Notes on Characters from Black Boy

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Black Boy Major Characters

Richard Wright: The narrator. Black Boy deals with his childhood and young adulthood. He is an extremely intelligent African American boy coming of age in the South in the early 1900's. The brutality and ignorance that he sees between Blacks and Whites influences his views on race relations. He considers racism and its ills to be American problems, and believes that American politics must change if society is going to change. He joins the Communist party because he thinks it, of any political body, most taps into 'the hunger' of humankind: what people want out of life. He finds ignorance and violence within the party as well, but remains hopeful.

Ella Wright: Richard Wright's mother. She is a dark figure in Wright's life, administering extreme beatings when he gets into childhood trouble, guilt-tripping him into attending church, and refusing to answer any questions about their past or current environment. For a curious child, she is a stifling presence. After suffering a stroke, she is bedridden. She remains with Wright throughout the book, moving from apartment to apartment and gradually becoming more understanding of his life.

Granny: Granny, who sometimes lives with the family, is Richard's mother to an extreme. She beats him casually, and berates him, telling him he is full of sin. A Seventh Day Adventist, she is a ridiculous and frustrating figure when she bans books from the house and forbids Richard to get a job on Saturday Sabbath, even though they are starving.

Father: Wright's father, though he does not appear much in the book, is an important figure in his development. He is first seen as the lawmaker, and Wright is terrified of him. After he abandons his family to live with another woman, Wright finds him a pathetic example of a man who responded to the struggle of being black by drinking and womanizing. Wright views his father as something he does not ever want to become.

Aunt Addie: Aunt Addie is just one of the many characters who tries to discipline Wright. His aunt but also his teacher in Sunday school, she too beats him indiscriminately when his attitude offends her. Finally, though, he lashes out against her for good, threatening to kill her if she hits him once more. This showdown plays a big part in the family's gradual decision that Wright is a lost cause. By the time he has moved out of the house, he is considered by many family members to be a lost soul.

Minor Characters

Griggs: A classmate of Wright's. He tries to show Wright how to get along with white people so that he won't make them angry. He is an intelligent boy who differs from Wright in that he is willing to play the role designed for him by whites: laugh and be cheerful in public, but hate whites passionately behind their backs. He explains to Wright that what whites most want is deference: they want to be shown that blacks know they are white.

Shorty: A black man who works with Wright in a hotel. He, like Griggs, is intelligent and yet totally submissive to whites. He is more than willing to 'act the clown.' He claims to hate racist whites but will never leave the south, because, he says, he is too lazy. Unlike Wright, who wants to make his living as a man, Shorty is happy to take any opportunity he can get. When he wants a quarter for lunch, he invites a white man to kick him for it, saying, 'My ass is tough and quarters is scarce.'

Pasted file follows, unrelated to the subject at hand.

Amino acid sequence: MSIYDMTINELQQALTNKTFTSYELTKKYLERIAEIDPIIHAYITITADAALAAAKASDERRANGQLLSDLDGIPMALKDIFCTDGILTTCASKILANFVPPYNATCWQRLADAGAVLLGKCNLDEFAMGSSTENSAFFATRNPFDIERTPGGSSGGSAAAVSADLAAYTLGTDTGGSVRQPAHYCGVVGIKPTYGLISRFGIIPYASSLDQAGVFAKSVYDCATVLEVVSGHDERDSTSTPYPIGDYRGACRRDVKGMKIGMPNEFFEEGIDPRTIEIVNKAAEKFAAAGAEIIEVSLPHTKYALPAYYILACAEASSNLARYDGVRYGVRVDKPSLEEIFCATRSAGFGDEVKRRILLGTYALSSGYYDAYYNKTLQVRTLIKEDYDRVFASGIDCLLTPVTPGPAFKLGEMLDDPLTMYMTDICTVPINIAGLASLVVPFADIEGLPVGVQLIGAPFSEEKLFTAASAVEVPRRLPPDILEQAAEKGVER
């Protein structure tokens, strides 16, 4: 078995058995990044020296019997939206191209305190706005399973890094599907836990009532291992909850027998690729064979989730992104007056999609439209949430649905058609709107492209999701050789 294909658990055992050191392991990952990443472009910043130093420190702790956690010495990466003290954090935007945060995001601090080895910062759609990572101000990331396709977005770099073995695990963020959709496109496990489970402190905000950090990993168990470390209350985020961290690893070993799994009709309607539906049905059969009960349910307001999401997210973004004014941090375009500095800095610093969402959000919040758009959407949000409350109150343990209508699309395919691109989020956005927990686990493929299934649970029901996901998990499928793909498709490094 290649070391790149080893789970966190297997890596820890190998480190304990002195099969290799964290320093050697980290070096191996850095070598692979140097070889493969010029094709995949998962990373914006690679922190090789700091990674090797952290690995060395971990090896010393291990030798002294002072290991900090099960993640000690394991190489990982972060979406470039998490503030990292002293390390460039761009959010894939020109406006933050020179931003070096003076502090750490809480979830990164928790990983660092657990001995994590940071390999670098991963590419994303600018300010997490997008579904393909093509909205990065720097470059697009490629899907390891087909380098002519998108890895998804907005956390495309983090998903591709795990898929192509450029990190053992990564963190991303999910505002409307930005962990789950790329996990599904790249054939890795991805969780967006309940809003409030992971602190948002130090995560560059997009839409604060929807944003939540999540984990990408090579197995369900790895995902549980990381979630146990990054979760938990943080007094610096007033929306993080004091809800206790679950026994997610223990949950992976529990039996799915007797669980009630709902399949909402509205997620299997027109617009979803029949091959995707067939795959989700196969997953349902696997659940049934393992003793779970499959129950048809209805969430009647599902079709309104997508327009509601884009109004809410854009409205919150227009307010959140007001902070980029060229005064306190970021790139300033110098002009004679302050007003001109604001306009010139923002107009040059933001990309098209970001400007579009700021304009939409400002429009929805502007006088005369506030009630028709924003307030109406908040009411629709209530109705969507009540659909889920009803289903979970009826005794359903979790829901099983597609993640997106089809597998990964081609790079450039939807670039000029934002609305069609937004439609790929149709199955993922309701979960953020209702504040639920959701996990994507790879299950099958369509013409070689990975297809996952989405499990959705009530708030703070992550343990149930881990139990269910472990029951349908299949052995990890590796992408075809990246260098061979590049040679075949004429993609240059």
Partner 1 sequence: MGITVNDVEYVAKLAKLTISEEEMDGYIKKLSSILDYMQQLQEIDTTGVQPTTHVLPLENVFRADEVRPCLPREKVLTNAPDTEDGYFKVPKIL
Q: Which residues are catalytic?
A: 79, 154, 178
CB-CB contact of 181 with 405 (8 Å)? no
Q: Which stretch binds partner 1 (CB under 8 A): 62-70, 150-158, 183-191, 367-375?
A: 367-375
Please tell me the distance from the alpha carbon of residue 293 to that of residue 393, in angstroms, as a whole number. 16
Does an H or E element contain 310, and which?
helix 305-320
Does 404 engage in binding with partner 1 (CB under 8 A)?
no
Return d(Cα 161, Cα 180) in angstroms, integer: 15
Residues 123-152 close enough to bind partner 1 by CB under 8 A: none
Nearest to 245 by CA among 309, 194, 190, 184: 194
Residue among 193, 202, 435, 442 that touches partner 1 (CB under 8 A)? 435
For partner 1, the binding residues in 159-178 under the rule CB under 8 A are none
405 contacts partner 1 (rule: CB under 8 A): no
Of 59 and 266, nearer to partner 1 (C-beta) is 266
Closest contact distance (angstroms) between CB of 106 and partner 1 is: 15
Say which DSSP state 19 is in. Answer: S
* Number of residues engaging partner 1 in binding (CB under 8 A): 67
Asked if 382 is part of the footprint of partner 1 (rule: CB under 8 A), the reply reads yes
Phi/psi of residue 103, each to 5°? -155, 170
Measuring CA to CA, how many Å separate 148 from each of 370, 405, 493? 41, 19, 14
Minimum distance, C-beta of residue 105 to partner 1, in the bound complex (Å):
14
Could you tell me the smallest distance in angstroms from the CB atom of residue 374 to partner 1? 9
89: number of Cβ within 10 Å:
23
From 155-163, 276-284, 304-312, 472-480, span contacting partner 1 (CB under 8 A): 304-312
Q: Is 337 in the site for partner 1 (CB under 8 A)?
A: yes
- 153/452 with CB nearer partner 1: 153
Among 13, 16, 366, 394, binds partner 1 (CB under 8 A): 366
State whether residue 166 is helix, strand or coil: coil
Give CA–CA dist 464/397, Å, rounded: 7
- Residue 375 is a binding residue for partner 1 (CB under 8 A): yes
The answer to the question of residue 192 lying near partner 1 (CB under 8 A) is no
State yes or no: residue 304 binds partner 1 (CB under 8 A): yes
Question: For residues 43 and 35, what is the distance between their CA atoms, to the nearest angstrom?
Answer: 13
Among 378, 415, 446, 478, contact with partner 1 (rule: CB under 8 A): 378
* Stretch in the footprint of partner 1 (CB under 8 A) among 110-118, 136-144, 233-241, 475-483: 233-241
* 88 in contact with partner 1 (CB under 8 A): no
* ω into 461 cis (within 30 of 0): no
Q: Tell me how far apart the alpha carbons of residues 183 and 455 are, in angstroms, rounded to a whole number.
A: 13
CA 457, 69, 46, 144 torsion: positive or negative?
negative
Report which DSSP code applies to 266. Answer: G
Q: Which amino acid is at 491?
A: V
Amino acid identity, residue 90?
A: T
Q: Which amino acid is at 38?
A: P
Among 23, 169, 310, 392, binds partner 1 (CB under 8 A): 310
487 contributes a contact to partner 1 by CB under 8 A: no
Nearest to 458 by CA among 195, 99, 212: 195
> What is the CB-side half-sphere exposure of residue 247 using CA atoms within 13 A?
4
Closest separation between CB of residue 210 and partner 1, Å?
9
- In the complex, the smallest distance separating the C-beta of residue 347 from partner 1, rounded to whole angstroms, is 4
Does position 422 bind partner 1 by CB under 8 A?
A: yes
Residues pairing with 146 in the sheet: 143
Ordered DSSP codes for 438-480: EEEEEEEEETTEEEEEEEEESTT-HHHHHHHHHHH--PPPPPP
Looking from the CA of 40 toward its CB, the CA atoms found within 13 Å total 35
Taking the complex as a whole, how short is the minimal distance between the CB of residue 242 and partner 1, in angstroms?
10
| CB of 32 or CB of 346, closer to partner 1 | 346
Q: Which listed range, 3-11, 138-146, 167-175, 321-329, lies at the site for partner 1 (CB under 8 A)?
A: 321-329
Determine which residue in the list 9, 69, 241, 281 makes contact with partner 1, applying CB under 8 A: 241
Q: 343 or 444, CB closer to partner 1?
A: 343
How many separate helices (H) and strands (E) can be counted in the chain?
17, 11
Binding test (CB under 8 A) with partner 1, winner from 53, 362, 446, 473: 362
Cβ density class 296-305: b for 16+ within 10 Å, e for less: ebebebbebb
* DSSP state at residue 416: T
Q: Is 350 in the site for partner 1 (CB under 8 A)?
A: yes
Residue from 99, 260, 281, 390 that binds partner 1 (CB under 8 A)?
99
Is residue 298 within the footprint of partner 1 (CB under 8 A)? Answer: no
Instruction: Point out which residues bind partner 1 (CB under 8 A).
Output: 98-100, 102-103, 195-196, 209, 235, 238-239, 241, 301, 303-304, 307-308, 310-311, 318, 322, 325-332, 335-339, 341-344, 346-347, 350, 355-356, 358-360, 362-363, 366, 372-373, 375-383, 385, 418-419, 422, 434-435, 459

Mr. Olin: One of the white men Wright works with at an optician's shop in Memphis. As a joke, Olin tells Wright that Harrison, one of the other black boys at the shop, is angry at him and is waiting with a knife for him. Olin gives Wright a knife, and meanwhile tells Harrison the same story and also gives him a knife, hoping that they will kill each other. When Wright finds out about the plan, he realizes how brutal and scheming white men can be, and cannot trust them for years to come.

Mr. Hoffman: A Jewish man who owns the Chicago store where Wright works as a porter. Although he and his wife are not racist, Wright does not trust their motives and expects them to beat or dismiss him at any time. They are the first genuinely nice white people he has met, and he is frightened of them. Also, he feels guilty about the anti-semitic views he had as an ignorant child in the south.

Ross: A young black Communist who is put on trial for vague offenses like 'counter-revolutionary activity.' Wright uses him as the subject of a character sketch, trying to hit on why Ross became a Communist. Essentially, he is trying to gain an intimate understanding of Ross' character. However, the other Communists are very suspicious of this, and eventually Ross is afraid to be interviewed: there are rumors that Wright is a policeman. Disgusted, Wright realizes that many Communists are so skeptical that they don't know who their friends are.

Buddy Nealson: A Communist leader who Wright sees as close-minded and ignorant. He directs other Communists to terrorize Wright, threatening him off jobs and inviting him to rallies just so they can reject him again. He represents the many other Communists who act brotherly but who are merely serving their own political interests.

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